Comparing the Supply Chain Dynamics of Grid Flexibility Technologies in the EU’s Renewable Energy Transition

by Feb 15, 2024

  • The EU has taken significant steps to stabilize its BESS supply chain in response to the growing demand for clean energy technologies through initiatives like the European Raw Materials Alliance and Horizon Europe funding program.
  • Key players like Siemens, General Electric, and Hitachi have worked to build a strong regional supply chain for GETs with strategic manufacturing facilities in Germany, France, and Sweden.
  • The HVDC technology supply chain in Europe has been robust historically, anchored by major global OEMs based in the region.

The European Union is transitioning towards a more sustainable energy ecosystem by integrating renewable energy into the power grid. As renewable energy sources like wind and solar are intermittent in nature, there is a need for innovative solutions for grid stability and flexibility. Multiple technologies that offer grid flexibility include Battery Energy Storage Systems (BESS), Grid Enhancing Technologies (GETs), High Voltage Direct Current (HVDC) systems, and Distributed Energy Resources Management Systems (DERMS). The article discusses the supply chain status of these four grid flexibility technologies and highlights key developments and efforts undertaken in the EU countries towards a greener future. 

Battery Energy Storage Systems (BESS)

 

BESS has emerged as a crucial grid flexibility technology as it can store excess energy during high supply periods and release the energy when either demand rises, or there is a shortage of renewable energy production.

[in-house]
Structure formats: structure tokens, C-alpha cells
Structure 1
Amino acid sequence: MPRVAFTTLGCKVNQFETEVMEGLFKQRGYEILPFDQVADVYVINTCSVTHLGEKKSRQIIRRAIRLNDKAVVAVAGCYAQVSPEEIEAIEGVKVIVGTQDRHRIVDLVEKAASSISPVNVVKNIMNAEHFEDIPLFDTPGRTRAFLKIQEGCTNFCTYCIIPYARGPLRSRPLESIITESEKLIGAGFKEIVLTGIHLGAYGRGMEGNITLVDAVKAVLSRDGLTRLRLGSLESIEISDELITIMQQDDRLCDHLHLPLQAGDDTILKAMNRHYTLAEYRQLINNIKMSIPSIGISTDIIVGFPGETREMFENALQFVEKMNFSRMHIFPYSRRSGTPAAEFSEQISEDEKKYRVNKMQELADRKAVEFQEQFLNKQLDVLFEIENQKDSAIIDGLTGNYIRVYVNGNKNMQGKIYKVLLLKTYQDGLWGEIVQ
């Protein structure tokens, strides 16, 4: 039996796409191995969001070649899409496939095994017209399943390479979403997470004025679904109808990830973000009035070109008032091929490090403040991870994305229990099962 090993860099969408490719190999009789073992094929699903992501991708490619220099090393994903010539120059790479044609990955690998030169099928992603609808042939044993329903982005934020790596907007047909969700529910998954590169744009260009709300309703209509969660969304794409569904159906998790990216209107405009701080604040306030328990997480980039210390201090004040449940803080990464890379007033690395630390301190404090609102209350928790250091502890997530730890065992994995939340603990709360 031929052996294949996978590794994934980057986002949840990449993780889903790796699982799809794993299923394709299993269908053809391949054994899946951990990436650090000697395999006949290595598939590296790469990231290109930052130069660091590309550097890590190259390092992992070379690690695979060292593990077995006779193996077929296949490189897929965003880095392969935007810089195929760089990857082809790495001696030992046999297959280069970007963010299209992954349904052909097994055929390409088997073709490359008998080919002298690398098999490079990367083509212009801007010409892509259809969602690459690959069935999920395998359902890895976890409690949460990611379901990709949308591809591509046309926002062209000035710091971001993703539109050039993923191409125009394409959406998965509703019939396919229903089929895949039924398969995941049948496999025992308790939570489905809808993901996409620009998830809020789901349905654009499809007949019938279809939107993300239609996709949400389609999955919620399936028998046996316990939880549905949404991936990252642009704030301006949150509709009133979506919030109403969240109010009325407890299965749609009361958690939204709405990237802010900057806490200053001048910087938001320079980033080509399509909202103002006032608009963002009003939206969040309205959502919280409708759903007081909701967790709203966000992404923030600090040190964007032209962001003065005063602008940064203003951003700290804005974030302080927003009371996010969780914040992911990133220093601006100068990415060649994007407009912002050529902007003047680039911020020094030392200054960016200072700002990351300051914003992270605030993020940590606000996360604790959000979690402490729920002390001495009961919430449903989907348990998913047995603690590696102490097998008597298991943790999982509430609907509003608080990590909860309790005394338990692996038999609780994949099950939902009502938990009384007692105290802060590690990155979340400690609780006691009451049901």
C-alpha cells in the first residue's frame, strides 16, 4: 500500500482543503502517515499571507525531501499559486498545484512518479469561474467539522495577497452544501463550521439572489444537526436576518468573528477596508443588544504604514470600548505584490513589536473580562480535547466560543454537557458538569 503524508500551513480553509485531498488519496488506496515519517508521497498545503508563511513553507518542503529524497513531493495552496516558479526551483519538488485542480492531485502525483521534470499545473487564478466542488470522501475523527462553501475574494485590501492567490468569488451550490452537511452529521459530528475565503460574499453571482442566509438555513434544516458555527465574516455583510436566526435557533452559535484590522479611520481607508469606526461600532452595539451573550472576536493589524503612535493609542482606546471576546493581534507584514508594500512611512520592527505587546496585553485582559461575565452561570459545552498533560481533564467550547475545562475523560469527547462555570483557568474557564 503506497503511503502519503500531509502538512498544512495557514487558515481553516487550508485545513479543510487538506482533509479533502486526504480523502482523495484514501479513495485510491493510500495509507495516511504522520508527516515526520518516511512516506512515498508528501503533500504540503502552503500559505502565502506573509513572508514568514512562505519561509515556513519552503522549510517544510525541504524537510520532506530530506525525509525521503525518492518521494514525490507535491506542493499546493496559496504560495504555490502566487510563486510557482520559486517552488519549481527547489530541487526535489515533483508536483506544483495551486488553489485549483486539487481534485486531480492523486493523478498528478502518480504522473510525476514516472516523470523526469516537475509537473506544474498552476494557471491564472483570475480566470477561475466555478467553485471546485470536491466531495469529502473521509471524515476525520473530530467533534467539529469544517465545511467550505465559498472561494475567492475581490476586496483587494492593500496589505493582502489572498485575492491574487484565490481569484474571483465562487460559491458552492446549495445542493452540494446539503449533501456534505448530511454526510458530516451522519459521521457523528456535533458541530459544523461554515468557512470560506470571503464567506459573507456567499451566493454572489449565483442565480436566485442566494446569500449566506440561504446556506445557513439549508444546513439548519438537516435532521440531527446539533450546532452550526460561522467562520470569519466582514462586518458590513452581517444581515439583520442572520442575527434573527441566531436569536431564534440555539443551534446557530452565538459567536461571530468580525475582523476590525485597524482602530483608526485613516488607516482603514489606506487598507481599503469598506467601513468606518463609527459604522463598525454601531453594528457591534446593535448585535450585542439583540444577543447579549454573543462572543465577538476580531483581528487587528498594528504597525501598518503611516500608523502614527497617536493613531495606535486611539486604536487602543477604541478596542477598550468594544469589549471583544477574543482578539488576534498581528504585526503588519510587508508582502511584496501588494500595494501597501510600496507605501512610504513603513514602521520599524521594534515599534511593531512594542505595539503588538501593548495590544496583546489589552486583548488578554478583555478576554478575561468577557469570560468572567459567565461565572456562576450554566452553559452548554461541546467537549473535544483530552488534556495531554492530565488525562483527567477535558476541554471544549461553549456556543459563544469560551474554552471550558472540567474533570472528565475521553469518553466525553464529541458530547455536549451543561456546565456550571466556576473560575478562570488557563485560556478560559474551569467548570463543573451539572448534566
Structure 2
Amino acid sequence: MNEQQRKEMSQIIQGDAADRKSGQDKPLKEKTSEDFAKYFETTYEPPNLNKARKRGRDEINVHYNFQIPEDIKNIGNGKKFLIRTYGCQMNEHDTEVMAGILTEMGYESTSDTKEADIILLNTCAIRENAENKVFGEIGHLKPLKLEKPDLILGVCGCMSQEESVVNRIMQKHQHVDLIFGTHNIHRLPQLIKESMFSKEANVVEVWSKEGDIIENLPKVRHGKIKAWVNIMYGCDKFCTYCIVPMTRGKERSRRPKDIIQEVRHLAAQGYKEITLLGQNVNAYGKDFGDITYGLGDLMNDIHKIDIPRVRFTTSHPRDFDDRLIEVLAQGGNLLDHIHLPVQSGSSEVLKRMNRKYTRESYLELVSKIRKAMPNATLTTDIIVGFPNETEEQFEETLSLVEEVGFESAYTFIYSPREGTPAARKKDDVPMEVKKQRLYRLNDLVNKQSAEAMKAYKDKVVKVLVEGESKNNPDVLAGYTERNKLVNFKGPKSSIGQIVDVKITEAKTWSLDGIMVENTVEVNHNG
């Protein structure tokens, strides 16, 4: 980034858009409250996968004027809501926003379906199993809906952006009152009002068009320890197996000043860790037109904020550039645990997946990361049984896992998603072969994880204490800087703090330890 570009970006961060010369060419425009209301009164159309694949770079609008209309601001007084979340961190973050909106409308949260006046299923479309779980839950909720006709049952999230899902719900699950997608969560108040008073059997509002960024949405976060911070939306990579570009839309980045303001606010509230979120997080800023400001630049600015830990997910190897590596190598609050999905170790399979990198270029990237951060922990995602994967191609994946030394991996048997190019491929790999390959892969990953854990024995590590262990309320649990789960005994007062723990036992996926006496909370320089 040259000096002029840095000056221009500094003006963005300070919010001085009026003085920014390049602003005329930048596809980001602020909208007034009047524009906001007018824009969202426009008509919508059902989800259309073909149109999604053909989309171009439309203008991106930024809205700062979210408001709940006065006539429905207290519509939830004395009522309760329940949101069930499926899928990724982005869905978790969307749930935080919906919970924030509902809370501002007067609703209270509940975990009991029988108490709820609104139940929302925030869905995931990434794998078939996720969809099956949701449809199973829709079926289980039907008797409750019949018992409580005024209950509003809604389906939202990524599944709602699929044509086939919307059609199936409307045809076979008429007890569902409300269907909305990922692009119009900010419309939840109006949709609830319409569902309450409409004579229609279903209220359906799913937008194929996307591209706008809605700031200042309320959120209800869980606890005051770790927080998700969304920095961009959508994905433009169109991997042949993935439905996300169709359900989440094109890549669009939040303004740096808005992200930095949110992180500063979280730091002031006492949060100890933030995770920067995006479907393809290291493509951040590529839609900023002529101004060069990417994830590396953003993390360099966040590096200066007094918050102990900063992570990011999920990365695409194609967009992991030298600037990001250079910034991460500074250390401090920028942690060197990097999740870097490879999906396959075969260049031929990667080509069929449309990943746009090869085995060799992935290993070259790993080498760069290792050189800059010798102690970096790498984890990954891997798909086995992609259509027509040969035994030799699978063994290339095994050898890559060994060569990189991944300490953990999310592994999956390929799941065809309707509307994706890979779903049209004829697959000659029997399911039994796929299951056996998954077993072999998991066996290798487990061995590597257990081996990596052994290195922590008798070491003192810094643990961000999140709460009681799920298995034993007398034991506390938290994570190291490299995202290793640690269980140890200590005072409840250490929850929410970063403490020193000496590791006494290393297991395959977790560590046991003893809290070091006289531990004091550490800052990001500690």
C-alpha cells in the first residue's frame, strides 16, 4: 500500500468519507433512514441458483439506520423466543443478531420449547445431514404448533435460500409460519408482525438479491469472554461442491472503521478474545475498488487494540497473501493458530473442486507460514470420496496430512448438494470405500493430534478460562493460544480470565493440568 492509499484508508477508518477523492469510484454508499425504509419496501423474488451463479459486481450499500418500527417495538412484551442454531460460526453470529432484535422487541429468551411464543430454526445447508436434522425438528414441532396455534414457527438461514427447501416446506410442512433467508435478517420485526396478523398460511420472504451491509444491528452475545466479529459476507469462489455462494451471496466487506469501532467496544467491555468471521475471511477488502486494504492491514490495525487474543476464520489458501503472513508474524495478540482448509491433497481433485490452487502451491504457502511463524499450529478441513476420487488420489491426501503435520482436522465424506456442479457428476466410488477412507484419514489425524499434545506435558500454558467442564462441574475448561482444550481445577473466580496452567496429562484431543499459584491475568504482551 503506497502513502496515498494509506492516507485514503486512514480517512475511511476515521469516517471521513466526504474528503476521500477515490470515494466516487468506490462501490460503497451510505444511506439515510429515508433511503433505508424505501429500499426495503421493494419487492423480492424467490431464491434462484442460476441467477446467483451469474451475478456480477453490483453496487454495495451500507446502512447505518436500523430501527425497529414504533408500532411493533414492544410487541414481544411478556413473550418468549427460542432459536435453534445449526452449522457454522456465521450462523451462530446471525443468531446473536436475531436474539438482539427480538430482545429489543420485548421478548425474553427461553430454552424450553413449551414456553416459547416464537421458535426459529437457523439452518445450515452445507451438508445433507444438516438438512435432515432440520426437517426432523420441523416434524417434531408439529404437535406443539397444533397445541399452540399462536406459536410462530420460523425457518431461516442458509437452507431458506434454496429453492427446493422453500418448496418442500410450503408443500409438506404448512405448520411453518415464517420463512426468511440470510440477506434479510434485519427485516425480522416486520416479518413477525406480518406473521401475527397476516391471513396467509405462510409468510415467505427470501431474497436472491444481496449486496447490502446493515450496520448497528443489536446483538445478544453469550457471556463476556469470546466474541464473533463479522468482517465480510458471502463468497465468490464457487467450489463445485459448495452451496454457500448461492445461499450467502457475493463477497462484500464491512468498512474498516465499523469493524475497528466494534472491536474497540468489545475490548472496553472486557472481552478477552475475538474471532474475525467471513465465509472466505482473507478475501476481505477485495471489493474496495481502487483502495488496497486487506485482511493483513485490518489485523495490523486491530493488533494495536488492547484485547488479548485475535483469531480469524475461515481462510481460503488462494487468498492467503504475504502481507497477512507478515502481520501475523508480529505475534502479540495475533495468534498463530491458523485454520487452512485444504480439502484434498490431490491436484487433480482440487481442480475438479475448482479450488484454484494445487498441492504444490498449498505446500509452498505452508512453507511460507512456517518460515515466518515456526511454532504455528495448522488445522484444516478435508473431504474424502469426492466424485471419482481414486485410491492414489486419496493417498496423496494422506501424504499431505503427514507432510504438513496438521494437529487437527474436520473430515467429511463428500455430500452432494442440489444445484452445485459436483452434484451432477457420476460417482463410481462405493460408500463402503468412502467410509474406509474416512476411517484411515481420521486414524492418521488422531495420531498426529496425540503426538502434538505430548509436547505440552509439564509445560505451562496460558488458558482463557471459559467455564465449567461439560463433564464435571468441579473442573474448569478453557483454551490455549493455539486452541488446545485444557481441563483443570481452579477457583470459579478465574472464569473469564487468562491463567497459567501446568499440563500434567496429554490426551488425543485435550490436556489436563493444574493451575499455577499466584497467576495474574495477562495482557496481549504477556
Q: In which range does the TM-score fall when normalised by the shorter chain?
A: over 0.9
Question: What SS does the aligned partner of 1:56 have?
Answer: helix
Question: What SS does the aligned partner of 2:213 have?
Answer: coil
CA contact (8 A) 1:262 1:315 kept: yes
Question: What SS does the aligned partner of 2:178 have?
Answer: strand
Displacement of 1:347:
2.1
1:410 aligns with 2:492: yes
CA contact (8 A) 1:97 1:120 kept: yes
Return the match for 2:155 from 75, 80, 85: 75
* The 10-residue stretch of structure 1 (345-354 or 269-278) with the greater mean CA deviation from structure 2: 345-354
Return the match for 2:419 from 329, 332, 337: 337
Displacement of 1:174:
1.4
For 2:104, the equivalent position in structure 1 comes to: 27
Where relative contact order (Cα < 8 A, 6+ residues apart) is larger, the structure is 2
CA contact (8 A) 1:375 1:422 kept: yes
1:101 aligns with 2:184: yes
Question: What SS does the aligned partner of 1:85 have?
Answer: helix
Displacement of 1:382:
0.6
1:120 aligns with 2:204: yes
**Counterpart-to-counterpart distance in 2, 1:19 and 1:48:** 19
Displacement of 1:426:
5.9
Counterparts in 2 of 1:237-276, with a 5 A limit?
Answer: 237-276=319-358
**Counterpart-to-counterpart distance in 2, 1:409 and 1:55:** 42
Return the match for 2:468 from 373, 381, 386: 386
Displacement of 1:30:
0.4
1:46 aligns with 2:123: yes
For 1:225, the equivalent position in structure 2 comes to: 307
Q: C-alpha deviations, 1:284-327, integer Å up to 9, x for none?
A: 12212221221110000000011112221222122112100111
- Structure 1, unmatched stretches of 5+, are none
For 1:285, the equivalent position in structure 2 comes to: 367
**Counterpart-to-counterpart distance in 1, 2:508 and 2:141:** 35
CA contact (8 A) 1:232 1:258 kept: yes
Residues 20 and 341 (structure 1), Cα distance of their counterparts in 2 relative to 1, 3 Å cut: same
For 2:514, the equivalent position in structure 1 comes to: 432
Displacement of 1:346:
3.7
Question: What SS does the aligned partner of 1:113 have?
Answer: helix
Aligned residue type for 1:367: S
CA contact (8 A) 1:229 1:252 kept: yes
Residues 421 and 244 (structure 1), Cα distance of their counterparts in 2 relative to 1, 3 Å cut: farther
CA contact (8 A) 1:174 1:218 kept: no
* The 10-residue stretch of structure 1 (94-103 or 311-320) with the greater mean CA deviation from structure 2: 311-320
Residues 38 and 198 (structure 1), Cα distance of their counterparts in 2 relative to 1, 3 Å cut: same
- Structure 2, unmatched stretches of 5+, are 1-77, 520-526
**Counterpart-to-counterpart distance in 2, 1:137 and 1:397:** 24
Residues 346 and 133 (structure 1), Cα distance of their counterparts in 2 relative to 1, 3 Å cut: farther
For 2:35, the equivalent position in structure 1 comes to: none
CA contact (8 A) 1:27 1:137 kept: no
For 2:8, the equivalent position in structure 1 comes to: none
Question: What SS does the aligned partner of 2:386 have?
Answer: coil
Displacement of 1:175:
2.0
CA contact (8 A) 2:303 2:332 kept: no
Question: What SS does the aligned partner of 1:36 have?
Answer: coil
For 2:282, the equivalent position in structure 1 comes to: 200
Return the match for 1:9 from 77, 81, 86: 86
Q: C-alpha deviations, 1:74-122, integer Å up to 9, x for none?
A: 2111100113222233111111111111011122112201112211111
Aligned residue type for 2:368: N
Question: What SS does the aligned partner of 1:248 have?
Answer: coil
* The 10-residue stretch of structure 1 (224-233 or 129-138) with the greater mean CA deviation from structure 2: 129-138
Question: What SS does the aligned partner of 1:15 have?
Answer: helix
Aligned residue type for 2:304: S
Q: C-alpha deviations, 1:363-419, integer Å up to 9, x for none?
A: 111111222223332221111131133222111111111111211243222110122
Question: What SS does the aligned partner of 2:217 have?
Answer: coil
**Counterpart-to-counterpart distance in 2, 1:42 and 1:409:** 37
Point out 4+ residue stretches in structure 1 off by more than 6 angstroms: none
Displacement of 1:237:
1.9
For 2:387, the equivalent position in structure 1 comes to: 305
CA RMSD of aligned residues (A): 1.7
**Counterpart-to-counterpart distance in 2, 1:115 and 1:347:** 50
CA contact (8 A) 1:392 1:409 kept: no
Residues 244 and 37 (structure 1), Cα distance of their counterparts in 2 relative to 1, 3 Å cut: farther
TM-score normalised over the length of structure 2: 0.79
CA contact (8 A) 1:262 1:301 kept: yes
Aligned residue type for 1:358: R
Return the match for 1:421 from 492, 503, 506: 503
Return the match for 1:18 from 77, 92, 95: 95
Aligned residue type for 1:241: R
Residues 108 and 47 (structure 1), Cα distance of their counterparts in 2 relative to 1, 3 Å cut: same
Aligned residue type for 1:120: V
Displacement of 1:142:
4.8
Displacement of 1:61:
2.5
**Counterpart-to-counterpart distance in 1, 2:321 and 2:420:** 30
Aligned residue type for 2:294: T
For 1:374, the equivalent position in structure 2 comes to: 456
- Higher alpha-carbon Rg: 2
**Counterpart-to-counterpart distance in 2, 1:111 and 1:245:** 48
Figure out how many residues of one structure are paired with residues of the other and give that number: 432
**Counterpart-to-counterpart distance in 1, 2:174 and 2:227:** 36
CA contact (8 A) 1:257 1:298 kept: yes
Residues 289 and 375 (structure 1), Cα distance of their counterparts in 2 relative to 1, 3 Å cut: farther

The demand for efficient energy storage solutions has surged in Europe. The EU has taken significant steps to stabilize its BESS supply chain in response to the growing demand for clean energy technologies. Multiple funding initiatives like the European Raw Materials Alliance, Horizon Europe’s funding program, and increased investments from the European Investment Bank have contributed to providing a sustainable supply of electricity when deploying renewable sources. Moreover, OEMs had raised prices for energy storage solutions in 2022, which reflects heightened market demand. Consequently, as an alternative, second-life batteries have also gained traction, including utilizing end-of-life EV batteries, propelled by Enel’s 2019 project in Spain.

The EU has opened nine gigawatt-scale battery manufacturing plants, strengthening the regional supply chain of BESS. Recent developments, such as the Critical Raw Materials Act and the proposed European Sovereignty Fund, increased the roles of public banks and emphasized the importance of securing raw materials. For instance, the upcoming 5MW/10MWh second-life battery project of Enel X in Rome and authorizing over 40 gigawatt-scale battery manufacturing facilities place the EU at the forefront of battery innovation and supply. As these projects are in the pipeline, the market is expected to grow at a higher rate in the short term, and the prices will decrease as the supply chain becomes more secure in the energy storage sector. 

 

 

Figure 1: Overview of BESS Gigafactory Installations in the EU.

Source: PTR Inc.

Grid Enhancing Technologies (GETs)

Another solution for grid flexibility that emerged is grid-enhancing technologies (GETs). Integration of GETs signifies a leap toward a more resilient energy infrastructure. This category covers a spectrum of advanced devices, ranging from static synchronous compensators (STATCOMs) to synchronous condensers.